As you may know, it takes me ages to read books and I have just finished reading Representing Women by Linda Nochlin. It is one of those books that I will need to read twice to take it all in. So I’m not going to do a full review but here are the key points I picked up.
In the final chapter Nochlin suggests that the female nude wasn’t always the main preoccupation of (male) artists but is only a fairly recent thing. Kenneth Clark in The Nude confirms this in which he “observed how, in the 19th century, the nude came to mean, almost exclusively, the female nude”. I don’t remember seeing if Clark explains why this is but Nochlin suggests that the rise of photography as one of the reasons.
To me this makes a lot of sense. Paintings and sculptures are not portable unlike the photographic print. And not to mention the ability to mass produce photographic prints which allowed connoisseurs to purchase the art at a fraction of the cost of commissioning a piece of work.
The lack of women having the funds to practice photography at the dawn of the technology means that the archive is based from very much a male perspective. A tradition which is sadly still very much the norm today. Model portfolio websites whose members are mainly male photographers and female models.
In another chapter of Nochlin’s book she discusses the work of Mary Cassatt, an artist that I wasn’t aware of before now. Trying to find a decent book about Mary Cassatt has not been easy. A lot of the books are out of print or not in stock at Waterstones. I am hopeful that I will be able to find something soon.
I’m not sure how I came across Nudes: The Art of the Soviet Union. But what interested me about the book was the curiosity to see if there was a difference between art created in a communist society versus a capitalist system. Can you tell if people are from from behind the iron curtain once they are stripped bare?
Selling goods and services by using images of women is a casual thought in the West. So much so that an air conditioning company had no problem with using an image with the phrase “your wife is hot“.
So, is it true that art created in the Soviet Union was more egalitarian than what was being created over here?
Turning the pages of the book shows how wrong that assumption would be. There are plenty of women in this collection of works that show women in very submissive, seductive poses. Having said that, there are also pieces which depict women exercising. Men too are shown exercising. I don’t know enough about the history to say for sure that the imagery of the physically fit men and women are part of the propaganda during that time.
Having one book on the subject doesn’t make me an expert and drawing firm conclusions from this single source would be very foolish indeed.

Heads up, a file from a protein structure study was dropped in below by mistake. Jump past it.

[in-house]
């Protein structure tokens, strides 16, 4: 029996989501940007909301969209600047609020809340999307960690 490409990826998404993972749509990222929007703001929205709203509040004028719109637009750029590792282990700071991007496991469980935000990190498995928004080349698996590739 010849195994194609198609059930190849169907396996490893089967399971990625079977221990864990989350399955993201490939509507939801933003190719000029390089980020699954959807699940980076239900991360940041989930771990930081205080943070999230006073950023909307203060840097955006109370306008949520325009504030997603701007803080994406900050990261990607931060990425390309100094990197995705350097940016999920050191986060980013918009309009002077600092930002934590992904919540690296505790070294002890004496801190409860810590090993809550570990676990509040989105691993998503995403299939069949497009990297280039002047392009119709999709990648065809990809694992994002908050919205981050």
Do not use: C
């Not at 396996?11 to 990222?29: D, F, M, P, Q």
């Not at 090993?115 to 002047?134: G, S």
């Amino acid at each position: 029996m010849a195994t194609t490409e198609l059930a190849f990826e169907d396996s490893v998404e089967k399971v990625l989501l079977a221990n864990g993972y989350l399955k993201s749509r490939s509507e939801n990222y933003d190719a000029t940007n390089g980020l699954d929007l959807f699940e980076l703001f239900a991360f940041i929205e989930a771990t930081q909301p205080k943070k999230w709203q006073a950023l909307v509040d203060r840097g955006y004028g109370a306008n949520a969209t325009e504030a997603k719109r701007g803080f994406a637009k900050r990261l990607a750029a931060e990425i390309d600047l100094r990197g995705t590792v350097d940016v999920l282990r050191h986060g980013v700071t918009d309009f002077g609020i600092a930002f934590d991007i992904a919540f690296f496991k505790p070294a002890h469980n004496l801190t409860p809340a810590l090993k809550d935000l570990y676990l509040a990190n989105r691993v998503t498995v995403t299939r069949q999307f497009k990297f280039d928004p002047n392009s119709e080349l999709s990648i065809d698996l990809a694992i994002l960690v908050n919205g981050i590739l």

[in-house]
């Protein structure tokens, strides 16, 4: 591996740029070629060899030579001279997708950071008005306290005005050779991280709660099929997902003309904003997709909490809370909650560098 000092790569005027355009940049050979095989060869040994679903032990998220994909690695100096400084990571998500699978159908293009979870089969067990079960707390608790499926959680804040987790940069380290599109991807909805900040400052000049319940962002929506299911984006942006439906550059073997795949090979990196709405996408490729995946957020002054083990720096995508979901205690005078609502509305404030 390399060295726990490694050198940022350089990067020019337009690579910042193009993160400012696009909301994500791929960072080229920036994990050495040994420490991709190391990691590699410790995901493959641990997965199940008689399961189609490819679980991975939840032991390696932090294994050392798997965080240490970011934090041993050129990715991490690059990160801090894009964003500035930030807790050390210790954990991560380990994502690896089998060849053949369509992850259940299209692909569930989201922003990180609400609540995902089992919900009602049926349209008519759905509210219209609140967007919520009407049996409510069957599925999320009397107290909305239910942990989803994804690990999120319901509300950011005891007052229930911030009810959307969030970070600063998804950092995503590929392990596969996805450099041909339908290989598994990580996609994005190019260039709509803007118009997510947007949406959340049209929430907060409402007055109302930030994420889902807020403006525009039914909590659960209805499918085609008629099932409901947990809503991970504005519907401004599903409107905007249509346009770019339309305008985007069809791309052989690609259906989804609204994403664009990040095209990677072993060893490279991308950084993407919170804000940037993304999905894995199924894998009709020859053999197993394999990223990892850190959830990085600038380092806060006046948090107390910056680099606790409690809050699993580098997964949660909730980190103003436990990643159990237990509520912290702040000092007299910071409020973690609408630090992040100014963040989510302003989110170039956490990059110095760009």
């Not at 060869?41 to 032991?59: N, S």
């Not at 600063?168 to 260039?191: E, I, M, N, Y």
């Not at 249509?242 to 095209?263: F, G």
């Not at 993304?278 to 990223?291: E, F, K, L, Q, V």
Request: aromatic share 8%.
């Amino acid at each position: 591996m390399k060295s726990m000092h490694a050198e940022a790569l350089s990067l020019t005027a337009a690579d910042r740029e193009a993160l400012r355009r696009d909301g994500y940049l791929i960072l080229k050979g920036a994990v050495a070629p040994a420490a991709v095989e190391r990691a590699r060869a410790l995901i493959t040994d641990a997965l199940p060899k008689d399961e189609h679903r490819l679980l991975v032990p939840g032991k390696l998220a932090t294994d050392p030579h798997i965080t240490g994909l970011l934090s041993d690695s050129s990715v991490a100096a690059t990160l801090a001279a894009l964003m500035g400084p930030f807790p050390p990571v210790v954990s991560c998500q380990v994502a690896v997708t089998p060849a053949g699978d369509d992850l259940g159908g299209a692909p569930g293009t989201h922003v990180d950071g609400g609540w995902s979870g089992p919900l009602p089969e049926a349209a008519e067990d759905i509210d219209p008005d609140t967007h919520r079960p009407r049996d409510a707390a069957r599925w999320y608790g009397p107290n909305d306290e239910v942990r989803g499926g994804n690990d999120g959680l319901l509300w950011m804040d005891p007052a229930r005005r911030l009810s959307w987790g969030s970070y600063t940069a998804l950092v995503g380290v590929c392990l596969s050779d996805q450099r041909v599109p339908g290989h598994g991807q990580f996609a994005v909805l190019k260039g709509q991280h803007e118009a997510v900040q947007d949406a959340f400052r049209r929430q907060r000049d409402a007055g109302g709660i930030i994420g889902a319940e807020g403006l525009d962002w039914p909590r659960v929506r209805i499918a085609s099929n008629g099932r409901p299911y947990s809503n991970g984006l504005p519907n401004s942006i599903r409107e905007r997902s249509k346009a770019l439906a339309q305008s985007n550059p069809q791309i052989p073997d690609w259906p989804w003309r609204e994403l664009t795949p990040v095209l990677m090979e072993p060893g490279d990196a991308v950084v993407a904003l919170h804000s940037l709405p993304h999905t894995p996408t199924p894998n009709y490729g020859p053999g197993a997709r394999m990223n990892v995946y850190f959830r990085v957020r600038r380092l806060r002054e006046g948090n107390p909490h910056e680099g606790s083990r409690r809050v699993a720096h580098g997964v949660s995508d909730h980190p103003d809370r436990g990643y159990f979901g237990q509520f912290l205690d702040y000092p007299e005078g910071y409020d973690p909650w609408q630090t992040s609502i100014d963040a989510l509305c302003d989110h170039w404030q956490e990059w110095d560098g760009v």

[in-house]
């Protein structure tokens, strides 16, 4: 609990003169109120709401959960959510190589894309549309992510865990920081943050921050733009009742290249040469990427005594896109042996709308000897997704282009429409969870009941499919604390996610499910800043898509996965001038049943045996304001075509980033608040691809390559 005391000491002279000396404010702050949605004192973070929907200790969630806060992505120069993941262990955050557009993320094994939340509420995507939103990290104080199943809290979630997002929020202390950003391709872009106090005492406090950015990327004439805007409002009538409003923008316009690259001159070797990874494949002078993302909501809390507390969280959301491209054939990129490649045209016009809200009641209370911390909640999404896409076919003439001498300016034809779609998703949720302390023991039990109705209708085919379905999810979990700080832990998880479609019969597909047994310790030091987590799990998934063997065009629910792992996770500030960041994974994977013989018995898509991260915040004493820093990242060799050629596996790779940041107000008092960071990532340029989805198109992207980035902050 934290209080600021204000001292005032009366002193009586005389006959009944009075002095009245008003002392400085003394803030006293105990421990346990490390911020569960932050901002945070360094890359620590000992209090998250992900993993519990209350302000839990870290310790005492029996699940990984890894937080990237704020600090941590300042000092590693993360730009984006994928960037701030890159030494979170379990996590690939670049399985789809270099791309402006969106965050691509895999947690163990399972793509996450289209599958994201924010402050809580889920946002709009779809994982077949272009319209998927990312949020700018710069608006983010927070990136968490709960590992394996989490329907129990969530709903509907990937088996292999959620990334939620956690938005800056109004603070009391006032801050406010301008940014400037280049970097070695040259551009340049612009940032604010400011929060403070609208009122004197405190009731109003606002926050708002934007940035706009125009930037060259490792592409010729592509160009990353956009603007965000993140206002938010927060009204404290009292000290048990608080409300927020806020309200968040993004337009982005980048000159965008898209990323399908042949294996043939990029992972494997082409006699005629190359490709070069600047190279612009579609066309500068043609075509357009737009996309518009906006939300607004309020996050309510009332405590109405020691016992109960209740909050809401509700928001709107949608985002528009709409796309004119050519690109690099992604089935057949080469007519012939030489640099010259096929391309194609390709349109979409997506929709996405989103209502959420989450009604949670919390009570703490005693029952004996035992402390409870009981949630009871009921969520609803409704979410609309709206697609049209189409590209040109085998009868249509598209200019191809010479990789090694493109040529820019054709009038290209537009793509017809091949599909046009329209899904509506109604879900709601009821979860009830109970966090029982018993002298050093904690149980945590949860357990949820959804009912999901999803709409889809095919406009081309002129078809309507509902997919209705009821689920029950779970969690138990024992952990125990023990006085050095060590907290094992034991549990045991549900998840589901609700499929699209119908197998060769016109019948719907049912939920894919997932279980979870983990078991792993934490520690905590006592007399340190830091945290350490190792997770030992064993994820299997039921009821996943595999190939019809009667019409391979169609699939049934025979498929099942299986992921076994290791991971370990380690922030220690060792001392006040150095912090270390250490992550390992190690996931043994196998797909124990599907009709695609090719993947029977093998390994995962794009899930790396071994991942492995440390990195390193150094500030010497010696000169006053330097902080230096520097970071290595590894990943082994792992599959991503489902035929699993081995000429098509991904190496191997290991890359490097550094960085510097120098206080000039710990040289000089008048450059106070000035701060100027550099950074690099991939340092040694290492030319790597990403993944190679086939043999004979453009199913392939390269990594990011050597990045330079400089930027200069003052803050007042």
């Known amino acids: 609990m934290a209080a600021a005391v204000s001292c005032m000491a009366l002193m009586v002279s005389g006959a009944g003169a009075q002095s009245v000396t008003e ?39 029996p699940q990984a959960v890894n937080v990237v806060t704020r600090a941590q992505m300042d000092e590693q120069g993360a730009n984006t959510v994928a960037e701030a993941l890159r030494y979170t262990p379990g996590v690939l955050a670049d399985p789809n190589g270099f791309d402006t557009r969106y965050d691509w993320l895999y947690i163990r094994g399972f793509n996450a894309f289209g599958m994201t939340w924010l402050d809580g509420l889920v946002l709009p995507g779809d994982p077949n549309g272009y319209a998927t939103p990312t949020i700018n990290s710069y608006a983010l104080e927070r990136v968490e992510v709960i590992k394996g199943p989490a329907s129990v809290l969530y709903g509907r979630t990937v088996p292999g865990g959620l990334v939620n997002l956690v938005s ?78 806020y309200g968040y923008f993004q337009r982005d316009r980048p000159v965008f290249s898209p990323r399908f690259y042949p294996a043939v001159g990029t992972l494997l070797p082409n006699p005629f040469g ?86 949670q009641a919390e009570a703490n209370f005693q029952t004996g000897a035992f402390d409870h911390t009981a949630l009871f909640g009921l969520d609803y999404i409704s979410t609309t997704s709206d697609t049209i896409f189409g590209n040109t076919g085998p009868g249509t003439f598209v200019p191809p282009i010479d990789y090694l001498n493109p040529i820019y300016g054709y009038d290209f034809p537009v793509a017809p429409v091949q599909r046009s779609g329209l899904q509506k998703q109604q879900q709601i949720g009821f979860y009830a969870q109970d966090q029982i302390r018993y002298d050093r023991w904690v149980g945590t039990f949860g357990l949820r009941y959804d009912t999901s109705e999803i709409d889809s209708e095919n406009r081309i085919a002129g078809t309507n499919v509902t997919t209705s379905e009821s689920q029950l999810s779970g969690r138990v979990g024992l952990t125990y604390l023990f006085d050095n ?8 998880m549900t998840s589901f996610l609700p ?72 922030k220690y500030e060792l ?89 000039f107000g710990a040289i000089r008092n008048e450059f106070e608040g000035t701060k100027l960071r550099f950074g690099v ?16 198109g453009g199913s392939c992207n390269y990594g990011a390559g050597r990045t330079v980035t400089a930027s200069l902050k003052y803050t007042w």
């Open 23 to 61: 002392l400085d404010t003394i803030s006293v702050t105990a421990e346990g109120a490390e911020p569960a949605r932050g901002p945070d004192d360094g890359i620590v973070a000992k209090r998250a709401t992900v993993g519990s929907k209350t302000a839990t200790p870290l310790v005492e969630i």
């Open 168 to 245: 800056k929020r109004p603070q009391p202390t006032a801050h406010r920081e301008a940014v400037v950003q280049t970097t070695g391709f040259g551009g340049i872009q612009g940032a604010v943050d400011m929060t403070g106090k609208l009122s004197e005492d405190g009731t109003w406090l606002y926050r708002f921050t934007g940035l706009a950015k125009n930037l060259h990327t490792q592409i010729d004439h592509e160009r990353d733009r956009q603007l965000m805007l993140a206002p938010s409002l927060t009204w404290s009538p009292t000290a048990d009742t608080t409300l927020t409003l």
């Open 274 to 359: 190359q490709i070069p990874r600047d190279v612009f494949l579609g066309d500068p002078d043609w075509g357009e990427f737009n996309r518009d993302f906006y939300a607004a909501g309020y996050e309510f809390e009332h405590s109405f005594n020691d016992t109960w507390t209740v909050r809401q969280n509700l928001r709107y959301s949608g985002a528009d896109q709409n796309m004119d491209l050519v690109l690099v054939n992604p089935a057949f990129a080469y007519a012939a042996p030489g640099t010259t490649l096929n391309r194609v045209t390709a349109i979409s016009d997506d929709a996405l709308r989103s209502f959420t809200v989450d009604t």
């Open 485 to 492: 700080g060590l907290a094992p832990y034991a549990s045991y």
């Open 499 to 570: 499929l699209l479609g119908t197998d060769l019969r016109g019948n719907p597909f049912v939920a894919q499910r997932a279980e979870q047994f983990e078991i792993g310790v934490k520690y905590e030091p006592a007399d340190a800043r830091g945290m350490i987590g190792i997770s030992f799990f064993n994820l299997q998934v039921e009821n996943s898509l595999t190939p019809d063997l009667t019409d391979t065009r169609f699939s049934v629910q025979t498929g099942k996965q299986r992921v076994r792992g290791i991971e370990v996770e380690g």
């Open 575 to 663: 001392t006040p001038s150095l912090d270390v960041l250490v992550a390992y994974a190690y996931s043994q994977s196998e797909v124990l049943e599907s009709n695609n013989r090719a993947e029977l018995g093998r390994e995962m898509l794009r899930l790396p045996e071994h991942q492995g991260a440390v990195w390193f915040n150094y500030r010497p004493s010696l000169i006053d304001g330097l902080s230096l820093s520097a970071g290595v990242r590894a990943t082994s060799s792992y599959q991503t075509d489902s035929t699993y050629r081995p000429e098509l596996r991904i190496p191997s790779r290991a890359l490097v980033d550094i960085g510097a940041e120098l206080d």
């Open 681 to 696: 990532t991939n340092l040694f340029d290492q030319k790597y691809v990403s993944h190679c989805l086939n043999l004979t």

I saw on an online forum a question asking if there is the female equivalent of the Male Gaze.
There is no question when you look around in photography and wider popular culture the phenomenon of the Male Gaze. Scantily clad young women adorn pages of magazines, newspapers and in advertising. Movies are told from the male point of view. Take The Graduate, the story is about the coming of age of a young man and what his future holds. How different and more interesting it would have been if it was told from the perspective of Ann Bancroft’s character Mrs Robinson and her attempt to break free from an unhappy life.
So is the Female Gaze the exact opposite of the Male Gaze? Is it male strip shows and “Playgirl” images? To me, it doesn’t feel like a definition created by women but rather created by men assuming what women think. There might be some women who see the Female Gaze as this but if you started with a blank sheet of paper or canvas would this be what it really looks like?
Western art has been developed through men’s eyes. It hasn’t until recently that the influence of women been able to break through the centuries of male domination. Giving women a voice is what the Female Gaze should be all about.
So how easy is it for women to achieve this? Well not that easy. Social media has a habit of censoring real images of women.
What I have found that it is so much easier discovering work by men than women. There is the attitude of some (male) photographers discouraging women photographers to the point which you could class as bullying and harassment. If you ask me the male bias is still alive and well.
So what can I do about it? It isn’t a direct battle for me to fight. All I can do is to try to support as many women artists as possible by buying their books, art or visiting their exhibitions and telling other people about it.